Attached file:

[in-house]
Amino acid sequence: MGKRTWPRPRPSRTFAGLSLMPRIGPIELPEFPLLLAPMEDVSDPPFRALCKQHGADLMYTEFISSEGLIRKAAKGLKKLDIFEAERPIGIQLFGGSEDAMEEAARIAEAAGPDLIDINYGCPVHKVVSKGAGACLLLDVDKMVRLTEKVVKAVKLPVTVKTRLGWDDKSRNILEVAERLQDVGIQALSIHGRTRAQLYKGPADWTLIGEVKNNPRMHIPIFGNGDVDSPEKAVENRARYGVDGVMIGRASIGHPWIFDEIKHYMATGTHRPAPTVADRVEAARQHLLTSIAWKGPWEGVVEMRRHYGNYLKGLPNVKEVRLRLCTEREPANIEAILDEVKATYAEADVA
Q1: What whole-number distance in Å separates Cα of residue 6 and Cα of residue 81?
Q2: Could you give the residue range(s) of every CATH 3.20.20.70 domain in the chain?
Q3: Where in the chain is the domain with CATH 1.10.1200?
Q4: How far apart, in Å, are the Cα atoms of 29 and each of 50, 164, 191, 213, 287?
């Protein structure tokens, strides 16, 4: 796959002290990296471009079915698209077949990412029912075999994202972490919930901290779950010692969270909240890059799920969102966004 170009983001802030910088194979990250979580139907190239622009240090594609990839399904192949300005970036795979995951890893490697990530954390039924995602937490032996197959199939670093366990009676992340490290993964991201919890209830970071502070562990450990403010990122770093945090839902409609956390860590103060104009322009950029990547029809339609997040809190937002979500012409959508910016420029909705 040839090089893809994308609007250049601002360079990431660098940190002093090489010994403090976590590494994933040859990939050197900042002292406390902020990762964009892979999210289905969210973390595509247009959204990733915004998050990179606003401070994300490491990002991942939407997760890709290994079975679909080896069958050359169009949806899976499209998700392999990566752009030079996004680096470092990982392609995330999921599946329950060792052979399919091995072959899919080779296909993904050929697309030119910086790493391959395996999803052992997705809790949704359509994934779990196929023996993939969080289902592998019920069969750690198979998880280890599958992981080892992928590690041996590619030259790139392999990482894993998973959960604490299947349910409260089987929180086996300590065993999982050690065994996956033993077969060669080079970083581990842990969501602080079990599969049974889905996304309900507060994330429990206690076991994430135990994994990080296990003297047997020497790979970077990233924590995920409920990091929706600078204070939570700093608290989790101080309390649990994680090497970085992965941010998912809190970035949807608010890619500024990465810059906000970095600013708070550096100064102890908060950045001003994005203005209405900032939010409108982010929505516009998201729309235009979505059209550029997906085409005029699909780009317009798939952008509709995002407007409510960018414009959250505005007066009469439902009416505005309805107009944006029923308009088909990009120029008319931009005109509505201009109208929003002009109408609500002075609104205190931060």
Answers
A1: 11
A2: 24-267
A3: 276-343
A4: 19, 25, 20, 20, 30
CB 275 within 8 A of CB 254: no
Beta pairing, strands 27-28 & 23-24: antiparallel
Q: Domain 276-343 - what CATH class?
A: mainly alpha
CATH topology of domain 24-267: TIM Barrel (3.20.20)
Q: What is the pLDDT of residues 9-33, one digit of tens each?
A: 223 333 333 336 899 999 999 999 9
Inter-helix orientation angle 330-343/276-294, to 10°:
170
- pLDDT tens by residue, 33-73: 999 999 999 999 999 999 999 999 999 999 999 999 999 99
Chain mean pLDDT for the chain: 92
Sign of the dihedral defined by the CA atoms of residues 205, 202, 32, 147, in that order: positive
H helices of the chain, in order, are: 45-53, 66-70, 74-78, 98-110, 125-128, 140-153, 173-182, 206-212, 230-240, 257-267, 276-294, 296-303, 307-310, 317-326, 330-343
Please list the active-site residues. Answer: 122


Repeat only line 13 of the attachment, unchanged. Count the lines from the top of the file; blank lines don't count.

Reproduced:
CB 275 within 8 A of CB 254: no